#### Question

Prove that no matter what the real numbers *a* and *b *are, the sequence with *the n*th term *a* + *nb* is always an A.P. What is the common difference?

#### Solution

In the given problem, we are given the sequence with the *n*^{th} term (`a_n`) as a + nb where *a* and *b* are real numbers.

We need to show that this sequence is an A.P and then find its common difference (*d*)

Here,

`a_n = a + nb`

Now, to show that it is an A.P, we will find its few terms by substituting n = 1, 2, 3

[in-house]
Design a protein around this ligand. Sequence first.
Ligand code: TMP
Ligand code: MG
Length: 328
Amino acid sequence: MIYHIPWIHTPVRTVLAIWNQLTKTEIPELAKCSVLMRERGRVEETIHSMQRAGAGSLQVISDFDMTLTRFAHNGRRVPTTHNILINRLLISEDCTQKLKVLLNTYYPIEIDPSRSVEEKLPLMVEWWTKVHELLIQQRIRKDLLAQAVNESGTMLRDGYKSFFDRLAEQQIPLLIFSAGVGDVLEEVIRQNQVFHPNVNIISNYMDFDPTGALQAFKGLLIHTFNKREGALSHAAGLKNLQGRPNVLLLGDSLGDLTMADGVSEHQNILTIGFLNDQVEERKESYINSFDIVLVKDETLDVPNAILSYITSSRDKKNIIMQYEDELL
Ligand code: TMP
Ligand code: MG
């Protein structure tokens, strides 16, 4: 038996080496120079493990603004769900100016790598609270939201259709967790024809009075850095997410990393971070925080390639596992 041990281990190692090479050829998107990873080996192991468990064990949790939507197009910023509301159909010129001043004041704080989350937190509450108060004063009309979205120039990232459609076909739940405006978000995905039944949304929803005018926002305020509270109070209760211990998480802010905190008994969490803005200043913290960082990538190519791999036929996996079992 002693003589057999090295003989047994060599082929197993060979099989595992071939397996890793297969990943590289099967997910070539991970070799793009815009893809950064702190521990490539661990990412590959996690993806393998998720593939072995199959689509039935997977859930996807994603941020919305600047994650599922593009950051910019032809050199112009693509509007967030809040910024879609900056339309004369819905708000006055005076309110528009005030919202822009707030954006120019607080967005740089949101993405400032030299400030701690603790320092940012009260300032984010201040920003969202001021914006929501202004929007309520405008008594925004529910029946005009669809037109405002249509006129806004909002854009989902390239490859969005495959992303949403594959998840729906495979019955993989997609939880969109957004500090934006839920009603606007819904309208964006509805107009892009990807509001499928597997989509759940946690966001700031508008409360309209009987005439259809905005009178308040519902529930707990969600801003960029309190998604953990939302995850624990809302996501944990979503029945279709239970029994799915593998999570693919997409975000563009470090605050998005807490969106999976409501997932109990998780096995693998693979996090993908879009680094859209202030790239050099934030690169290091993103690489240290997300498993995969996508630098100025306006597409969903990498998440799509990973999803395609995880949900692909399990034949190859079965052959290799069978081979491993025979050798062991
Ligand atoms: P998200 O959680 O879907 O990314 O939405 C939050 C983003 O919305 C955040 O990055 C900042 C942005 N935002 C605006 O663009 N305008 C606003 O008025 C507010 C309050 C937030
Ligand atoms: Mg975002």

So,

Substituting* n *= 1*, *we get

`a_1 = a + (1)b`

`a_1 = a + b`

Substituting* n *= 2*, *we get

`a_2 = a+ (2)b`

`a_2 = a + 2b`

Substituting* n *= 3*, *we get

`a_3 = a + (3)b`

`a_3 = a + 3b`

Further, for the given to sequence to be an A.P,

Common difference (*d*) = `a_2 - a_1 = a_3 - a_2`

Here

`a_2 - a_1 = a + 2b - a - b`

= b

Also

a_3- a_2 = a + 3b - a - 2b

= b

Since `a_2 - a_1 = a_3 - a_2`

Hence, the given sequence is an A.P and its common difference is d = b